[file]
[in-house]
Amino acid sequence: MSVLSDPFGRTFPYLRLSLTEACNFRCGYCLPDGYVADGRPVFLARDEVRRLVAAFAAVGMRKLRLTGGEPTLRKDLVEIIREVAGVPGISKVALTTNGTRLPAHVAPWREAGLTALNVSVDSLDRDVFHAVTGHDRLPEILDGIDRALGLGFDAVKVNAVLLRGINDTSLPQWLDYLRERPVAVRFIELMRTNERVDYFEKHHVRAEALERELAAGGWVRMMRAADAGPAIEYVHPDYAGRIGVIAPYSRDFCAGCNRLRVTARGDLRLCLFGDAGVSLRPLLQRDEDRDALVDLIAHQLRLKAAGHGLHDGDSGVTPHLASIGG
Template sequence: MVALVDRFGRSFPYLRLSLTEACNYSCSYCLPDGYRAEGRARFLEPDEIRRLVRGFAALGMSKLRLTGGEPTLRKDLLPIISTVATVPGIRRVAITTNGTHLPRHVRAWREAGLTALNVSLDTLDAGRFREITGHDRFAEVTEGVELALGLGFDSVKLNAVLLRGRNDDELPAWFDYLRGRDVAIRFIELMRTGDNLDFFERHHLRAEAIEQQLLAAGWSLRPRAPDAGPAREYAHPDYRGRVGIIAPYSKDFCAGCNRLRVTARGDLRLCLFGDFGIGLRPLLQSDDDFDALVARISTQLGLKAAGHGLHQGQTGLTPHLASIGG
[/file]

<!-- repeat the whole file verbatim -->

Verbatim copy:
[in-house]
Amino acid sequence: MSVLSDPFGRTFPYLRLSLTEACNFRCGYCLPDGYVADGRPVFLARDEVRRLVAAFAAVGMRKLRLTGGEPTLRKDLVEIIREVAGVPGISKVALTTNGTRLPAHVAPWREAGLTALNVSVDSLDRDVFHAVTGHDRLPEILDGIDRALGLGFDAVKVNAVLLRGINDTSLPQWLDYLRERPVAVRFIELMRTNERVDYFEKHHVRAEALERELAAGGWVRMMRAADAGPAIEYVHPDYAGRIGVIAPYSRDFCAGCNRLRVTARGDLRLCLFGDAGVSLRPLLQRDEDRDALVDLIAHQLRLKAAGHGLHDGDSGVTPHLASIGG
Template sequence: MVALVDRFGRSFPYLRLSLTEACNYSCSYCLPDGYRAEGRARFLEPDEIRRLVRGFAALGMSKLRLTGGEPTLRKDLLPIISTVATVPGIRRVAITTNGTHLPRHVRAWREAGLTALNVSLDTLDAGRFREITGHDRFAEVTEGVELALGLGFDSVKLNAVLLRGRNDDELPAWFDYLRGRDVAIRFIELMRTGDNLDFFERHHLRAEAIEQQLLAAGWSLRPRAPDAGPAREYAHPDYRGRVGIIAPYSKDFCAGCNRLRVTARGDLRLCLFGDFGIGLRPLLQSDDDFDALVARISTQLGLKAAGHGLHQGQTGLTPHLASIGG